Water to Thrive
If you grew up like many of us, water has always been right there at the twist of a faucet handle.
There is nothing wrong with that, but sometimes we through our familiarity with our conveniences, we may forget just how precious something as simple as water can be.
Water can be provided to you in one of these ways:
1. It can be piped to you from the municipal water works.
2. It can be piped to you from a well.
3. It can be collected in a cistern from rainfall.
4. It can be pumped from a stream, river, or lake.
The methods we are most familiar with, or have heard about, would be the first two, from the municipal water works, or from a well.
I have known one family in my life that collected rainfall in a cistern, and if your area gets a lot of rainfall, it is not a bad idea. But, a cistern collection system is highly dependent upon weather, so I would be considering a cistern system with a cautious eye.
Assuming that you are the self-reliant audience that I write to, mostly we will be talking about either well water from an underground aquifer, and a little bit about water from a stream.
I am not that enthusiastic about collecting water from a stream because of how susceptible it is to bacteria and other impurities from something contaminating it upstream. Yet, most streams can become pure after passing over as little as a few feet of rock bed. There are numerous field tests that you can run on a stream, or any amount or source of water, to test for purity. You may have to run that test often for something that is a surface water source, because it has an outside environment that can change rapidly, and therefore, can become contaminated quickly from one day to the next.
My favorite source of country water is what is called an underground aquifer, more commonly called a well.
In some places, this can be fairly cheap. In other places, watch out! Having a well drilled can run into several thousands of dollars.
What you may want to consider is doing it yourself. However, do understand that you are not going to be digging or drilling 20 wells; you only want one well. It is up to you to decide that the expense you go through to drill or dig your own well is worth the trouble and sweat equity.
If I were you, I would want to know what I was doing first. Most likely, you will drill a well yourself, and pay at least $650 rental per day, for a minimum of 2 days, and that is barring complications. It beats the prices of $7,000 to $15,000 that most drillers will charge you, but it does help, really help, to know what you are doing.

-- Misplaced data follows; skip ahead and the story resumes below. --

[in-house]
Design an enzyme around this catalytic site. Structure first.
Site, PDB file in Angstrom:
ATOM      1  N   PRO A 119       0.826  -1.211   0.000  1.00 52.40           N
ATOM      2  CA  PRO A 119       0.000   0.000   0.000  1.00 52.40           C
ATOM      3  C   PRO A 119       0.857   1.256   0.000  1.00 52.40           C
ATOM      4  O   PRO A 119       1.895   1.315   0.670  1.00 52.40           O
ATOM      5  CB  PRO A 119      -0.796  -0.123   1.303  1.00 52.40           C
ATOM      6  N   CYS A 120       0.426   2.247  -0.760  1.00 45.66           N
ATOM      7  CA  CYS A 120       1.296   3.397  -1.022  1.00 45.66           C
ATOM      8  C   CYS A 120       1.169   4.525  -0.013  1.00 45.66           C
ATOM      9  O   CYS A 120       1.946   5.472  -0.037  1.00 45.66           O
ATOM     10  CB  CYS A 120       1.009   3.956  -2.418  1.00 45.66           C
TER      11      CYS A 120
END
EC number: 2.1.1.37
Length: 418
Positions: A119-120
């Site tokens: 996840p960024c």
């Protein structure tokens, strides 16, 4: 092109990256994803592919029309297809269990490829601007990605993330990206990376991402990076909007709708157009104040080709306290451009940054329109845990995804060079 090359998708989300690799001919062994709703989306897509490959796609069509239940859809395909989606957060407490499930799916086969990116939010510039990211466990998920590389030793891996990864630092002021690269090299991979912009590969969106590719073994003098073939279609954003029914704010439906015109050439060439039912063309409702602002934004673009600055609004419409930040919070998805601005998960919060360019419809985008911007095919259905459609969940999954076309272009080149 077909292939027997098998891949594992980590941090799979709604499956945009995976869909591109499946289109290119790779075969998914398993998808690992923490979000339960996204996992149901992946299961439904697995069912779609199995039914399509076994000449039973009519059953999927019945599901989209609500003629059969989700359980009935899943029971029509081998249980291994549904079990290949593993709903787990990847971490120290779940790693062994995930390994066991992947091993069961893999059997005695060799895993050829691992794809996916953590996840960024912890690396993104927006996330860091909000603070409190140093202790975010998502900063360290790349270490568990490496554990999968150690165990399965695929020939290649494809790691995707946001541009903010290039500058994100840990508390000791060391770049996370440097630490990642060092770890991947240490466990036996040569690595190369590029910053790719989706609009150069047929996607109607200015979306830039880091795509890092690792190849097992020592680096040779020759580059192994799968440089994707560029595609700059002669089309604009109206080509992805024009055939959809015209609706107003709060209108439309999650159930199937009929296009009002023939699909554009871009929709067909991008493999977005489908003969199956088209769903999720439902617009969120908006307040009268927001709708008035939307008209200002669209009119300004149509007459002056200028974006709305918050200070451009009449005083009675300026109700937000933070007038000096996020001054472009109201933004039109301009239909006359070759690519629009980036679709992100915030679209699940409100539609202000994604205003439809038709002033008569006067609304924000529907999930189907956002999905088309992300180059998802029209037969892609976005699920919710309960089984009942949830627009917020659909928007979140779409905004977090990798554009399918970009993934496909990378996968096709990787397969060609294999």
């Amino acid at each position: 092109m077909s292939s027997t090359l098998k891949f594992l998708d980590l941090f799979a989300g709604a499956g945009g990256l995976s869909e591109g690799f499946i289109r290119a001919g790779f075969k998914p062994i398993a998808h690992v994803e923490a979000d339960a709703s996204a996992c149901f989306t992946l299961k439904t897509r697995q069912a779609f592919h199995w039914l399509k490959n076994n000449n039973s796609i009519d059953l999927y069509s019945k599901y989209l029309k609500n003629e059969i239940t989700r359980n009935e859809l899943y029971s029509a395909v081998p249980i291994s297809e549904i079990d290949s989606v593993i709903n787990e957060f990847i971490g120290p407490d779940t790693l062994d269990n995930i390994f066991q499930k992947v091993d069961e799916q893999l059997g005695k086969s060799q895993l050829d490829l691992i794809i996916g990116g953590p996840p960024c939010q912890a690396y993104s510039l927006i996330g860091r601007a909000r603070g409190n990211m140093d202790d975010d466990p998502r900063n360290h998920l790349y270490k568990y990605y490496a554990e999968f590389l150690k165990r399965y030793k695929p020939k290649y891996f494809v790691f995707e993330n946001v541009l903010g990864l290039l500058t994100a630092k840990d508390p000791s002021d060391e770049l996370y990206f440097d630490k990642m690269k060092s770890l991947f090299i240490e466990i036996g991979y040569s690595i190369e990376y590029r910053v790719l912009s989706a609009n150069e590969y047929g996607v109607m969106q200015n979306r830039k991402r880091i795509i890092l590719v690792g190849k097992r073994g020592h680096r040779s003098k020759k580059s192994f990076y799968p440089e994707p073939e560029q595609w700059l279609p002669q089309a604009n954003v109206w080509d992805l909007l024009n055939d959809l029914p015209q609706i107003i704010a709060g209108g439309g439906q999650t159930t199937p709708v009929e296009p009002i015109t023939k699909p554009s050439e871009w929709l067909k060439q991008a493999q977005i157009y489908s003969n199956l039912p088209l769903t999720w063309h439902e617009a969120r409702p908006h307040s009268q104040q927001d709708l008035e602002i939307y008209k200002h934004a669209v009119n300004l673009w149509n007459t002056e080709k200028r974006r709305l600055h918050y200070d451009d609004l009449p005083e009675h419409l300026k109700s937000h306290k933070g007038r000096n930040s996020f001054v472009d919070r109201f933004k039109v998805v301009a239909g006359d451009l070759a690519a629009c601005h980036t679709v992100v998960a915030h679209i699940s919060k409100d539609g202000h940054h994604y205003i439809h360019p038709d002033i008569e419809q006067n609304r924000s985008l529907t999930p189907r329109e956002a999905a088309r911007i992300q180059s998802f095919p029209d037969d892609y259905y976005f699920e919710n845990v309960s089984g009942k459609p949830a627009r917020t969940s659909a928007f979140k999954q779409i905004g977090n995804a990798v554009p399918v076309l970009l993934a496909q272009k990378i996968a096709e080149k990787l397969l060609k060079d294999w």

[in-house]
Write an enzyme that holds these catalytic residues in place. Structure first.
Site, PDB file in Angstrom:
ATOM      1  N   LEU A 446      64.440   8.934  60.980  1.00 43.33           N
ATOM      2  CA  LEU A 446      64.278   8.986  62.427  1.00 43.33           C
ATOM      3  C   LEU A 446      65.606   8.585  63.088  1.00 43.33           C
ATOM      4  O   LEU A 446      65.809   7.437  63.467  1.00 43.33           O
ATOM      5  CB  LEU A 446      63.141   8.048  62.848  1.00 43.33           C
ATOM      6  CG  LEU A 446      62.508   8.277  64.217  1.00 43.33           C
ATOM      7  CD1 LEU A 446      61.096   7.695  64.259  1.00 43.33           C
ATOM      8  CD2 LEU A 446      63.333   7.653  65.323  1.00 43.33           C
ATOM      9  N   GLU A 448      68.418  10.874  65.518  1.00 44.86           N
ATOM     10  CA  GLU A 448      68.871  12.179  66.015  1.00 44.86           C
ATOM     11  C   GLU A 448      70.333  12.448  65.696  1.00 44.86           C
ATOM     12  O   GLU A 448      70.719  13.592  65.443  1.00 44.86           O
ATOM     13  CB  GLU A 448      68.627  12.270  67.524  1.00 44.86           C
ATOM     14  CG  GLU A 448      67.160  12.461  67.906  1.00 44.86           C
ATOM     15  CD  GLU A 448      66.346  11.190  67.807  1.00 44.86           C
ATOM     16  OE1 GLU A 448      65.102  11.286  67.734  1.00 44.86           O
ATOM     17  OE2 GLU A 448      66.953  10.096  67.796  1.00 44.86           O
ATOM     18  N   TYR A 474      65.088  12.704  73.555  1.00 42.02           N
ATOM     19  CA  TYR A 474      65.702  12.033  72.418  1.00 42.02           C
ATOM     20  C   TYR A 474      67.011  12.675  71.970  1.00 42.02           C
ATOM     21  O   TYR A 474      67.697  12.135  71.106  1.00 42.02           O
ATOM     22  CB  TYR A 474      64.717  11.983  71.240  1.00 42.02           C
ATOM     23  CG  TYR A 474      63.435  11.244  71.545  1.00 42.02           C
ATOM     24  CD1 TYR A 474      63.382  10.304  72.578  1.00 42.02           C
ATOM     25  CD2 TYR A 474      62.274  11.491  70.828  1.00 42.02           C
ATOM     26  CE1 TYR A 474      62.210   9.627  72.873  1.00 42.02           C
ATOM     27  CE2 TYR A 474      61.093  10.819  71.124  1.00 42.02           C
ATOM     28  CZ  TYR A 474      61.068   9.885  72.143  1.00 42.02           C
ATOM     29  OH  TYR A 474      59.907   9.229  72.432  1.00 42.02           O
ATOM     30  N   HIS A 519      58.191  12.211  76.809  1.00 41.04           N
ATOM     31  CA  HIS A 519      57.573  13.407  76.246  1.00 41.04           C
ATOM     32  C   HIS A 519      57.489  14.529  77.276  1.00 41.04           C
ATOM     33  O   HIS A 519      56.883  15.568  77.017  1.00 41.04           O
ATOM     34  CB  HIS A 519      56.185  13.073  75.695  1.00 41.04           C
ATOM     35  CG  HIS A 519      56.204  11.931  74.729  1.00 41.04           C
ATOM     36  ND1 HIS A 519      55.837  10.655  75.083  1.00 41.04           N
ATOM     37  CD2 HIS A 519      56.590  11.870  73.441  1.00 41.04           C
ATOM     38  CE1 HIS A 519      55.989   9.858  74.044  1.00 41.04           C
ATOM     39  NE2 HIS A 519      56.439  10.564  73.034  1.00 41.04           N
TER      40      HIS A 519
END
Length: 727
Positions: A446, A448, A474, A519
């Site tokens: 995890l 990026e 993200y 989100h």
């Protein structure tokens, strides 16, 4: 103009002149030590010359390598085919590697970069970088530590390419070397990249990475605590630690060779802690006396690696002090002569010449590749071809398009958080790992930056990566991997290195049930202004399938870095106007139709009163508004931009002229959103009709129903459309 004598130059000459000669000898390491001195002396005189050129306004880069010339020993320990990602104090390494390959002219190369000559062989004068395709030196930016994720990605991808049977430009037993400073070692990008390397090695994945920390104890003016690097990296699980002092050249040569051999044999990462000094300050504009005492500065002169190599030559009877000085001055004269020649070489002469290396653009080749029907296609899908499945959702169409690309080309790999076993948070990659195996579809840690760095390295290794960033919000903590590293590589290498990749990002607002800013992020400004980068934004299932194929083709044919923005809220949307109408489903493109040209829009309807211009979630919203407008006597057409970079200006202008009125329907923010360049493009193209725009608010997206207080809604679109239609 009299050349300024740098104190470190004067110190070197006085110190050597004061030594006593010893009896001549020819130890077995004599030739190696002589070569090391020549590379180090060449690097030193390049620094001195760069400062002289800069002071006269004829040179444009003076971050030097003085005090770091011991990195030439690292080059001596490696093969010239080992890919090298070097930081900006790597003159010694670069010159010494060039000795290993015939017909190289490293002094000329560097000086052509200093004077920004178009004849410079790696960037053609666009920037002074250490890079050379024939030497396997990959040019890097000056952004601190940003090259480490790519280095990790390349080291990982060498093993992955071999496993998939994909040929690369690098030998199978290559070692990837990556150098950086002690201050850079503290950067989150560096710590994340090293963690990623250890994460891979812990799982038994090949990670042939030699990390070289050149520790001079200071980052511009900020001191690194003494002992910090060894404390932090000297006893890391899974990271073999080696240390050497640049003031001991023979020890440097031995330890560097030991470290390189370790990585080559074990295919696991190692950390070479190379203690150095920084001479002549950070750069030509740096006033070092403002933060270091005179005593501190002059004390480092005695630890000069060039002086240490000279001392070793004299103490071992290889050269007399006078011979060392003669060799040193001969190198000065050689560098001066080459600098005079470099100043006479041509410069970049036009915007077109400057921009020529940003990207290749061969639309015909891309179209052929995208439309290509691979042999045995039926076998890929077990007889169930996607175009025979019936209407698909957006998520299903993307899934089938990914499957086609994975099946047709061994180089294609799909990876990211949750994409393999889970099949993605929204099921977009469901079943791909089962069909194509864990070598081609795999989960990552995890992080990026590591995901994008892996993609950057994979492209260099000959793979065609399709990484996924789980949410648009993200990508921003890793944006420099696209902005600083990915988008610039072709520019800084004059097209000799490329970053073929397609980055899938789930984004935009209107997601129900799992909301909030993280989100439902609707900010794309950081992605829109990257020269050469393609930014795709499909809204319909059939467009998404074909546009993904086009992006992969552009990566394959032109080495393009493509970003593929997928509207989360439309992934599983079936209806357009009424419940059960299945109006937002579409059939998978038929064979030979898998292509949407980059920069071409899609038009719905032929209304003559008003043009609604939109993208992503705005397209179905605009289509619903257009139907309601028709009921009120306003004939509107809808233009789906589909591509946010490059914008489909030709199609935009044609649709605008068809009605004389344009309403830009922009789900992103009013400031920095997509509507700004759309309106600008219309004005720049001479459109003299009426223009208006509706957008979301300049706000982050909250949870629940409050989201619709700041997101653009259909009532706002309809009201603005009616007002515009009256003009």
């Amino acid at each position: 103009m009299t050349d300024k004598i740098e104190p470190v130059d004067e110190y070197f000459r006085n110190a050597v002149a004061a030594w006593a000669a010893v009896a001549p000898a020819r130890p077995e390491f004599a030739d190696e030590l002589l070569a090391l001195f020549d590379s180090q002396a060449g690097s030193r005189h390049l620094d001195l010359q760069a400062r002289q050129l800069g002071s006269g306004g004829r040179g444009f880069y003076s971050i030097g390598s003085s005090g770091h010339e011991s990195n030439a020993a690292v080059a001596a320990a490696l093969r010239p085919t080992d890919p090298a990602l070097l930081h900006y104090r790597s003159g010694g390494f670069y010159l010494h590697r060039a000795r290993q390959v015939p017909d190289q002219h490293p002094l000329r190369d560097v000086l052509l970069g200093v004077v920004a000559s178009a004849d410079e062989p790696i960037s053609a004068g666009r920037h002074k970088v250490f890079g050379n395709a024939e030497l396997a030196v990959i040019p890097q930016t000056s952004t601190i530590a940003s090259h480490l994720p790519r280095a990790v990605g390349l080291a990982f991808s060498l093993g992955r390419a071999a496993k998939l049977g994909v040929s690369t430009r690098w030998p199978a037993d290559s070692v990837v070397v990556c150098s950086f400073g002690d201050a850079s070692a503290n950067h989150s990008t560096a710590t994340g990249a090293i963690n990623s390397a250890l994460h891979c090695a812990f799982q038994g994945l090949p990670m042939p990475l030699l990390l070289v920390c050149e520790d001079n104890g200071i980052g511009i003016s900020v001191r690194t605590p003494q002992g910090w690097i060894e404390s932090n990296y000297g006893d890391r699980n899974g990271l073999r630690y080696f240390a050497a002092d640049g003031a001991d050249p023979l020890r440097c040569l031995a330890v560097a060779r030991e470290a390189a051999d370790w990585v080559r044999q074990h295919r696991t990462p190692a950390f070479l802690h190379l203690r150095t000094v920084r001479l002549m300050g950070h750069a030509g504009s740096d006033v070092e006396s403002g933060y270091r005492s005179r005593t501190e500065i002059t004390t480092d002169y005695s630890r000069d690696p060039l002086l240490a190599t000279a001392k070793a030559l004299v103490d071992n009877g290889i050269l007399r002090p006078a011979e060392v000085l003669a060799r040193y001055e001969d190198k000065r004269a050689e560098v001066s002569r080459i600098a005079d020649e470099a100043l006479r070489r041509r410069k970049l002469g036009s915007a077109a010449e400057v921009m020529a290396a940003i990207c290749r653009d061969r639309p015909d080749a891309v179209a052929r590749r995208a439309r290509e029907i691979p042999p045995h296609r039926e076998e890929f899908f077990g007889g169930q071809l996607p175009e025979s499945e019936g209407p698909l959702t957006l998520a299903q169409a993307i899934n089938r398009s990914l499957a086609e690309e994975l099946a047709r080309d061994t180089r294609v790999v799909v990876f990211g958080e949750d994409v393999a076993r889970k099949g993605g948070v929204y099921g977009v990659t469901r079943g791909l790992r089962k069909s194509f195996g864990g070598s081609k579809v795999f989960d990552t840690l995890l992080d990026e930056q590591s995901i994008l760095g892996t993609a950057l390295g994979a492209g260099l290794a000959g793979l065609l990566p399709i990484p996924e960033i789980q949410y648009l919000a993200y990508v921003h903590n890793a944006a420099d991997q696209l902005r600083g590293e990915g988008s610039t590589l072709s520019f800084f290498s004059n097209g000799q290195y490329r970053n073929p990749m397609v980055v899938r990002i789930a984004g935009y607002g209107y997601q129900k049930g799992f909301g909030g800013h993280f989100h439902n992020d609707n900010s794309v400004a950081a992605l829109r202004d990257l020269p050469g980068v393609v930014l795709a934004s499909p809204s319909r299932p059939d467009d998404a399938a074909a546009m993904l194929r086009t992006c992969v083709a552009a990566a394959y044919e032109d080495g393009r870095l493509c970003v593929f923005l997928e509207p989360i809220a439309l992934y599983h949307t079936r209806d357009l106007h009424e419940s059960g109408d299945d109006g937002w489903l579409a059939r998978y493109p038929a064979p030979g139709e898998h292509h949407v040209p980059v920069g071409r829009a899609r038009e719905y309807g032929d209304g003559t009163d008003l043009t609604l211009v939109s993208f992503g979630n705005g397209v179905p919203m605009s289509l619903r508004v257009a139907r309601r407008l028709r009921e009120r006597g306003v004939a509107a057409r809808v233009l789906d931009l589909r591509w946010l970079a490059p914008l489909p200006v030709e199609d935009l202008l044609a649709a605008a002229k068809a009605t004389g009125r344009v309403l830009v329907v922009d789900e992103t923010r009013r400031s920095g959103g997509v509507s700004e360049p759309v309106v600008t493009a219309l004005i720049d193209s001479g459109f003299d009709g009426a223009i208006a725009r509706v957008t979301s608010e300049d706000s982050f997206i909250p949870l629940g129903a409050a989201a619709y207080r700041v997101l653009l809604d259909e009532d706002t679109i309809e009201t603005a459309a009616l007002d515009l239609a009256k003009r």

On a side note, understand that drillers are doing a fabulous business. If you call them, they will quote you an outrageous price and will not care whether you like it or not. Then, they make take their own sweet time about getting around to it, like 3 to 5 weeks. If you really wanted to learn how to do water well drilling, you would probably never have another problem making money again, because these folks are in demand.
We are in no hurry here. Get the particulars. Go watch someone have a well drilled. See what is involved. Ask about quality parts, and industry procedures. Find out if your water will have to meet any federal, state, or county guidelines. Make sure that however you will retrieve the water from the ground will be acceptable to you.
Will you be hand-pumping the water from the ground? Will you be pumping it from the ground using an electrical pump? Will your solar panel facility be able to handle the power drain of operating an electrical pump for your water well?
These are all questions that have to be answered for YOU. Everyone has a situation that will be a little different, so it is important to ask a lot of questions and be extremely cautious about spending money before you are sure that you know what you are doing.
Typically, your water well has to be so many feet away from your septic system (if you use one), and most often has to be so much higher in grade (elevation on your land) than your septic system. This is done to insure that you will not contaminate your own water supply.
You can do this yourself relatively cheaply. Yet, there are some things you may really want to hire the professional to do. Do understand that 100 years ago and beyond, everyone simply created their own water wells. If you are to be a self-reliant individual, at least find out what is involved, and then assess if this is a job you should do, or if your time would be better spent paying someone else to do it.
Consider that this is your WATER supply. It is important. It is what you will be drinking and bathing in for the rest of your life.
This is a decision that you HAVE to make, and that decision MUST be correct.
Do not fear. Educate yourself. This too, You Can Do!
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